- This driver sees the world through Google Glass
- A career trucker brings his tales of the road to people in hospice
- How driver Paul Sedlak finds motivation to reach his fitness goals
- I Love Trucking: More than a job, driving is a way of life
- Big Rig Books: Driver delivers books to underprivileged kids
- Driver Chris Jackson captures moments of beauty on the road
- Trucking Couple: Why June & David got hitched
- Owner-operator Fritz Elmhorst puts his competitiveness to good use
- Driver David Boyer: Sharing the road responsibly
- World’s Toughest Trucker contestant: “I’m the modern cowboy”
The next time man lands on the moon, he’ll have a brand new set of wheels. As NASA prepares for a 2020 mission that will put a man on the moon for the first time since 1972, a new generation of concept vehicles are being dreamed up to meet the needs of lunar exploration.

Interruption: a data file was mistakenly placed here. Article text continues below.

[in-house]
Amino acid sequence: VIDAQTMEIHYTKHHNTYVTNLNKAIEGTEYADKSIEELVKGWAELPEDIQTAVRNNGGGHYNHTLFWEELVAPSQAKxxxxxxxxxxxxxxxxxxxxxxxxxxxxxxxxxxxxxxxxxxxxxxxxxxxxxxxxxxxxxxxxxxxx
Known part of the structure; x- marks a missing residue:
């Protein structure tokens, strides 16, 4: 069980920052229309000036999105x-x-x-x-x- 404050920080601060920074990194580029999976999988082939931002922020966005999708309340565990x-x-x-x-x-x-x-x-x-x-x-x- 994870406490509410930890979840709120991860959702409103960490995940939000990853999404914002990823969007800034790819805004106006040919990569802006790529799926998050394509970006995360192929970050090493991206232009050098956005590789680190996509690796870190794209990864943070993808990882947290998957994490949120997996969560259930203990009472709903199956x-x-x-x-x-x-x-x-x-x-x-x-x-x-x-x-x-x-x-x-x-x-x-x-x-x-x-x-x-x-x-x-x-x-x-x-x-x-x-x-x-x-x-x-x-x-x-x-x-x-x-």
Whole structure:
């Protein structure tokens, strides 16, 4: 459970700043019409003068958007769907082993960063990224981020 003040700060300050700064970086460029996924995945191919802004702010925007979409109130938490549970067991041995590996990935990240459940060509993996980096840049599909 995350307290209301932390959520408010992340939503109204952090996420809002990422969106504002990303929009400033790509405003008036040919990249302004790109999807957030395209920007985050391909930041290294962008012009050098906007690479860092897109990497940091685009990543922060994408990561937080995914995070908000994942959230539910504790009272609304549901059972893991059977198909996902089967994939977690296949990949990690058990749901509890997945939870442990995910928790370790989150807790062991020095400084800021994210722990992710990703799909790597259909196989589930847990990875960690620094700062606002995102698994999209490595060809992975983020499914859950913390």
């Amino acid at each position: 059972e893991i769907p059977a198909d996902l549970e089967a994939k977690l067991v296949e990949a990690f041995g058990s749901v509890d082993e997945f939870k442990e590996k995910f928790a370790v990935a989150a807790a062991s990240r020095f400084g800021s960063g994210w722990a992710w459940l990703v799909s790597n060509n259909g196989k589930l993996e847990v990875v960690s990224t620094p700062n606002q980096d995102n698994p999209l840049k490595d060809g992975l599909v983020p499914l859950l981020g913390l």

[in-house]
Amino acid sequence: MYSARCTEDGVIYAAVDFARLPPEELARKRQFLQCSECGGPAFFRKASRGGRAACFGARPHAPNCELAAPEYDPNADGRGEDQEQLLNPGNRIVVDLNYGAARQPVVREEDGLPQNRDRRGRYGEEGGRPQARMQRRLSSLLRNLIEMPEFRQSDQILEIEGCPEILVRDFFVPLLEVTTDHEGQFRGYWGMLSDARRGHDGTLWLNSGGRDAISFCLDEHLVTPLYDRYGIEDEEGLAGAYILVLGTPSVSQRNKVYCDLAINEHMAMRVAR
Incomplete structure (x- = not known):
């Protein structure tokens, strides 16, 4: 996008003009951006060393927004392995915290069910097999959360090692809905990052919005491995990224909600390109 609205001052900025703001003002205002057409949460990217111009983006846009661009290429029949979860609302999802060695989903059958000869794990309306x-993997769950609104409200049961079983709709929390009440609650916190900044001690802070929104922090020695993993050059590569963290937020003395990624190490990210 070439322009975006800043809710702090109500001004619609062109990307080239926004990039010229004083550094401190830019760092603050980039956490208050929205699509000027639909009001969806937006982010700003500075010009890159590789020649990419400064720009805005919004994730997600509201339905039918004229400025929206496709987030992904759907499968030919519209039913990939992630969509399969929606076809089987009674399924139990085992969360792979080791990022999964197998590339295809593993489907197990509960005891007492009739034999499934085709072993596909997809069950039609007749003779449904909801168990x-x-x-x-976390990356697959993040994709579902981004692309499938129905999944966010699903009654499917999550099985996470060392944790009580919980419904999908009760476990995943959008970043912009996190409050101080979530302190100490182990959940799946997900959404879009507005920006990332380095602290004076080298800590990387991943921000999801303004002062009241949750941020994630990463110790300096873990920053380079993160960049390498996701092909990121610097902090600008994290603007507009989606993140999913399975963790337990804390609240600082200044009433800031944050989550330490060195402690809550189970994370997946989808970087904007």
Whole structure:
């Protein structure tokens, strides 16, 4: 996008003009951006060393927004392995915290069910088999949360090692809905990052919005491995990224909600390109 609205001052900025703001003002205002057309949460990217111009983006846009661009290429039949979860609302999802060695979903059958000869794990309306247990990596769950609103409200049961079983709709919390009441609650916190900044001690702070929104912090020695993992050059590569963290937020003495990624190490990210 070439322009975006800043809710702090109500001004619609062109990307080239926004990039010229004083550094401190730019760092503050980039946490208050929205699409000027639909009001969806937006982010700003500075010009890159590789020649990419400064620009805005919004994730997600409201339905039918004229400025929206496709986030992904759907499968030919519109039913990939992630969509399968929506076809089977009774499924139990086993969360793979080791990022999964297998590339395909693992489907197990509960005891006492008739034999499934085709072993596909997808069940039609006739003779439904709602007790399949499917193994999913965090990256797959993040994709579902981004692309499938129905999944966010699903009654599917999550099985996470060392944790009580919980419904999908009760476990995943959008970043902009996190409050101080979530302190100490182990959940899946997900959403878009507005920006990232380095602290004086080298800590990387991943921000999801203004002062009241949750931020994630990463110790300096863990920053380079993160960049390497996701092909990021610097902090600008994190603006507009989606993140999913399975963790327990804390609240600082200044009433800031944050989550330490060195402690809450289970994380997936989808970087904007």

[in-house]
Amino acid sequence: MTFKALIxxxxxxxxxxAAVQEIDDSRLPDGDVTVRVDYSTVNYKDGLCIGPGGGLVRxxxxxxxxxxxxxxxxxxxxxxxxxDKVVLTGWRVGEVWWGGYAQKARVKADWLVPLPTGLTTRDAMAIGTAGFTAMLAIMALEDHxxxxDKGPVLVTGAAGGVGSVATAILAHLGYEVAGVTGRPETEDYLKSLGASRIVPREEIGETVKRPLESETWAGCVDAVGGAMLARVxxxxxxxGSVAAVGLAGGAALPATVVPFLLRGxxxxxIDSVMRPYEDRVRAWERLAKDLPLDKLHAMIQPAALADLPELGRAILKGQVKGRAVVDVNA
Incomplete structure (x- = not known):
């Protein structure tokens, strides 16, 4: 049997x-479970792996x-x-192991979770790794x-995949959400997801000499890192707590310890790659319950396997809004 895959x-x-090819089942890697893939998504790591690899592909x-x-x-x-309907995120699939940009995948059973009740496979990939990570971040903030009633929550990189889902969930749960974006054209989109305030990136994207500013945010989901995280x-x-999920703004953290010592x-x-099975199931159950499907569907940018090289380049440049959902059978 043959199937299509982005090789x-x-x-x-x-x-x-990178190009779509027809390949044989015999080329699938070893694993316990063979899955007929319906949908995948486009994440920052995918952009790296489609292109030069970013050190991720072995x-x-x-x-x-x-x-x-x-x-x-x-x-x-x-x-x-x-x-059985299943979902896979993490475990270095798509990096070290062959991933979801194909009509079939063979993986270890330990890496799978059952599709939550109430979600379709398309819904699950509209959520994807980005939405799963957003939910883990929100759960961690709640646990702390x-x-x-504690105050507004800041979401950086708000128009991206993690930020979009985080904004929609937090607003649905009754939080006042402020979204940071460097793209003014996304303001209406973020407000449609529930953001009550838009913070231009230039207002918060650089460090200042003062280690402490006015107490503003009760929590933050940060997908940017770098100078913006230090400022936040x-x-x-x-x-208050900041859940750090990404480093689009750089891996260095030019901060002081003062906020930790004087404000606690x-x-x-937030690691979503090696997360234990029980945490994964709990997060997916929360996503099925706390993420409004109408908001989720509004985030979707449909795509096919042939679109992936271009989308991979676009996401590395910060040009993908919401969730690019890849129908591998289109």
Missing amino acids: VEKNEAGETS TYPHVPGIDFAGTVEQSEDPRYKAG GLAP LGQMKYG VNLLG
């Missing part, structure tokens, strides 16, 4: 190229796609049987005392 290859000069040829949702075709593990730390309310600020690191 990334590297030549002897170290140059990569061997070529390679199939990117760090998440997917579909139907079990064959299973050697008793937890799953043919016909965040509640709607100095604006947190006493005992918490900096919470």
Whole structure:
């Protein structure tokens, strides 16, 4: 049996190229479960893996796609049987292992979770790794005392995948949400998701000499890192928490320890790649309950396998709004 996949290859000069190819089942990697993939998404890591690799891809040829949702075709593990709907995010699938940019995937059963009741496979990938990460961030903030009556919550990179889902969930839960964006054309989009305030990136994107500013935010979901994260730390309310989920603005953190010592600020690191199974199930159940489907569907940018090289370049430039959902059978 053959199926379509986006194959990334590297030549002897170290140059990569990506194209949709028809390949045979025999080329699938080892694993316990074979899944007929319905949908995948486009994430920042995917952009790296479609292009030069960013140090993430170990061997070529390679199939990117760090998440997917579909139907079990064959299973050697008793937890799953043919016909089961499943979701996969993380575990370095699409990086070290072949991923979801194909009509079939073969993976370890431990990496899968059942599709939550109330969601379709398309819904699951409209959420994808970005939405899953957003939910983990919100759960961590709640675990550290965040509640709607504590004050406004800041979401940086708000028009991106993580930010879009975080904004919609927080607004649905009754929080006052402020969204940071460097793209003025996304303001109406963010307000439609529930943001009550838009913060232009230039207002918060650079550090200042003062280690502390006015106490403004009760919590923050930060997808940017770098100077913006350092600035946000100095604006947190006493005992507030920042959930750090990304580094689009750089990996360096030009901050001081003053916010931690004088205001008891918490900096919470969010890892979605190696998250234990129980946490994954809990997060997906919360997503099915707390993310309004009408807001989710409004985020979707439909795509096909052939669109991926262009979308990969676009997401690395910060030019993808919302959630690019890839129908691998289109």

The first-ever lunar truck, now in development, is a “tricked out” version with gold trim. It features an active suspension and six-wheel drive with independent steering for each wheel. The design also abandons some earthly considerations, such as windows, doors and seats. The astronaut stands at a driver’s perch where a control board operates the multi-wheel steering, designed for the steep inclines and uneven terrain of the moon’s craters.
The truck has been designed to carry some very important cargo that will allow the lunar posts to be mobile. “The payload will be a lunar habitat, a laboratory module, living quarters or life support,” NASA spokesperson Stephanie Schierholz explains. The ability to transport these tools is a major advancement for the study of the moon’s surfaces, since it allows astronauts to take their base camps with them as they collect samples, mine lunar soil and otherwise put together the clues about the time when planets were formed.
Lunar rovers of various types, from a Winnebago-style habitat-hauler to ones with survey and topography capabilities and other multi-purpose vehicles, are also among the prototypes. All are designed to be used on extended stay missions, including the ultimate goal of establishing a long-term moon base that could lead to a permanent outpost there.
The enthusiasm among NASA folks about the vehicles and their mission is palpable. “We are very excited about going back to the moon,” Schierholz says. “We think the American people will get excited, too.”